When President Chester Alan Arthur’s health took a turn for the worse in early 1883, he decided to take a vacation to Florida. He took the Fast Mail train to Jacksonville, arriving on April 6, 1883.
Learning President Arthur was headed back to Washington on the steamer Tallapoosa, a committee of citizens onboard the steamer Republic intercepted Arthur's party onboard the Tallapoosa off of Tybee Island.
When acting mayor J.J. Wilder and Gen. L. McLaws arrived alongside the Tallapoosa, President Arthur and Secretary of the Navy William Chandler were convinced to visit the home of Capt. Henry T. Botts, a relative of President Arthur, on Bull and Gordon Streets in Savannah.
After Arthur practiced his marksmanship alongside the members of the Savannah Rifle Association at their annual target practice, he first went to a public reception at Thunderbolt and then traveled to the City Exchange, where another reception in his honor was held.
Unfortunately, the president was taken ill, as something he had eaten strongly disagreed with him. Hearing of his condition, some of the more hostile Northern papers began alleging that his illness was Savannah's fault.
His aids, however, claimed it was nothing but “a congestive chill.” After another day or two of rest, Arthur proceeded back to Washington by train from Savannah, as the idea of a sea voyage did not sit well with him at that moment.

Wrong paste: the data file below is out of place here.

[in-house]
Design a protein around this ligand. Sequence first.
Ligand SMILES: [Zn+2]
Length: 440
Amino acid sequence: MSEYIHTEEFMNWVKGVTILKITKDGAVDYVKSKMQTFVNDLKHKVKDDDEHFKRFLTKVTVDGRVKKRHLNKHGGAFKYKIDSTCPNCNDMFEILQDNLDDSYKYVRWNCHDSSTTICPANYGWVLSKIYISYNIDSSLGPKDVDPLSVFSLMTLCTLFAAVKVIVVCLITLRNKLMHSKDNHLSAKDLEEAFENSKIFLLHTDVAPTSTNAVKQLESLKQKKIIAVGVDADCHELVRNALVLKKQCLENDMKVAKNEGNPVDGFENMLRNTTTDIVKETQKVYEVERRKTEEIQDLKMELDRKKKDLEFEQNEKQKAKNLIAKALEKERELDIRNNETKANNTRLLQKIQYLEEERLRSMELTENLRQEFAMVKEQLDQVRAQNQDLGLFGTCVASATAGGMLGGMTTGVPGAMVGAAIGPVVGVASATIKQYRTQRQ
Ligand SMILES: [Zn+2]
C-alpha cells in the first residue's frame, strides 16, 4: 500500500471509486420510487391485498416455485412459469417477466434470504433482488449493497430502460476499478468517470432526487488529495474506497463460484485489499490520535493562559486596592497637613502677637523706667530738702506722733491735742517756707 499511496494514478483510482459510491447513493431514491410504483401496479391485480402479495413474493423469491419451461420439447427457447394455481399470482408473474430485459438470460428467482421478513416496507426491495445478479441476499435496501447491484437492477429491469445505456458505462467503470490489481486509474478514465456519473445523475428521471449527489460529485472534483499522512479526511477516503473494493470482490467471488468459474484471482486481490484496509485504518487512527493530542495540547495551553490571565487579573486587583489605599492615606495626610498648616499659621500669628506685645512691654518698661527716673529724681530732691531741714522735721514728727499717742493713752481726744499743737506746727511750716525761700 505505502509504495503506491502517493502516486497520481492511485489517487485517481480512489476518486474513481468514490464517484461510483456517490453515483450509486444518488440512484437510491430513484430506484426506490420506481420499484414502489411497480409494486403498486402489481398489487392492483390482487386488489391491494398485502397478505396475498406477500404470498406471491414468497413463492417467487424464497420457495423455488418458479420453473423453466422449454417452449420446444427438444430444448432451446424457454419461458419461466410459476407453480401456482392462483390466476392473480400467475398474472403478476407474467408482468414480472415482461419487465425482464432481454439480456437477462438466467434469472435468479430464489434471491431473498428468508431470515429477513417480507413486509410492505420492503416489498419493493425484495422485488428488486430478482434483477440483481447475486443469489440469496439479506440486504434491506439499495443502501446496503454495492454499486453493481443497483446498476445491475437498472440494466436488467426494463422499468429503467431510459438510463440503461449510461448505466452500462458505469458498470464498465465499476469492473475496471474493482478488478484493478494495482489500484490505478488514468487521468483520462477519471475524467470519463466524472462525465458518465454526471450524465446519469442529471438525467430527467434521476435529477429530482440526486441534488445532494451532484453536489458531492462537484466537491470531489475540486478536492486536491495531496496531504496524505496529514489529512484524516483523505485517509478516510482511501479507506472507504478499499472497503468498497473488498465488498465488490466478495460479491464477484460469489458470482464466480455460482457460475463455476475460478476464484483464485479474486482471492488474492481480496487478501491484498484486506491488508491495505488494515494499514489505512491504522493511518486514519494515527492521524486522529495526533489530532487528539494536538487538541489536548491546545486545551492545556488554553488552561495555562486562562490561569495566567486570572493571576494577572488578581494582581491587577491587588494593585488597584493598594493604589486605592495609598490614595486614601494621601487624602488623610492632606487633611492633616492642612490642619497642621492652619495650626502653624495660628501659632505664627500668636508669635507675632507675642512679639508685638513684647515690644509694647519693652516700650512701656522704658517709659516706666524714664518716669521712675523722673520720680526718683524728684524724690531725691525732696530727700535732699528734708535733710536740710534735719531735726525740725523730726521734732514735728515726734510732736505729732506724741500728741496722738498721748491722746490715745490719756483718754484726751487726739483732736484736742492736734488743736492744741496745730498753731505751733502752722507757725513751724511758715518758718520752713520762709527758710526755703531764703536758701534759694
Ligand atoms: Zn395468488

President Grover Cleveland stopped off in Savannah in September 1888 for the dedication of the Jasper Monument. His family was heading to Florida for vacation. Arriving at Savannah's Union Station, which served the Plant, Seaboard and Southern railroads, he was met by the famed Georgia Hussars.
As Cleveland's party boarded carriages for a ride about the city, every train, factory engine and shop whistle let loose the loudest noise Savannah ever heard. President Cleveland remarked jovially that everyone should remember there was only one hour allotted for their visit.
After visiting the Telfair Academy of Arts and Sciences, Mrs. Cleveland assisted with the unveiling of the statue of Revolutionary War hero Sergeant William Jasper on Madison Square. Back at the train station, newspapers reported the gathered Savannahians all gave a “rebel yell” to see President Cleveland and his wife on their way.
President Ulysses S. Grant accepted the invitation of the Savannah City Council to visit, arriving in Savannah on Jan. 2, 1880. Actually born Hiram Ulysses Grant, he had been incorrectly identified by the Congressman who nominated him for West Point as Ulysses Simpson.
After spending the day in Savannah, Grant and his party boarded a steamer (most likely the Tallapoosa) for Fernandina and then Amelia Island in Florida on Jan. 3, 1880.
Roger Allen is a local lover of history. He provides a brief look at the area's historical past. Email Roger at firstname.lastname@example.org.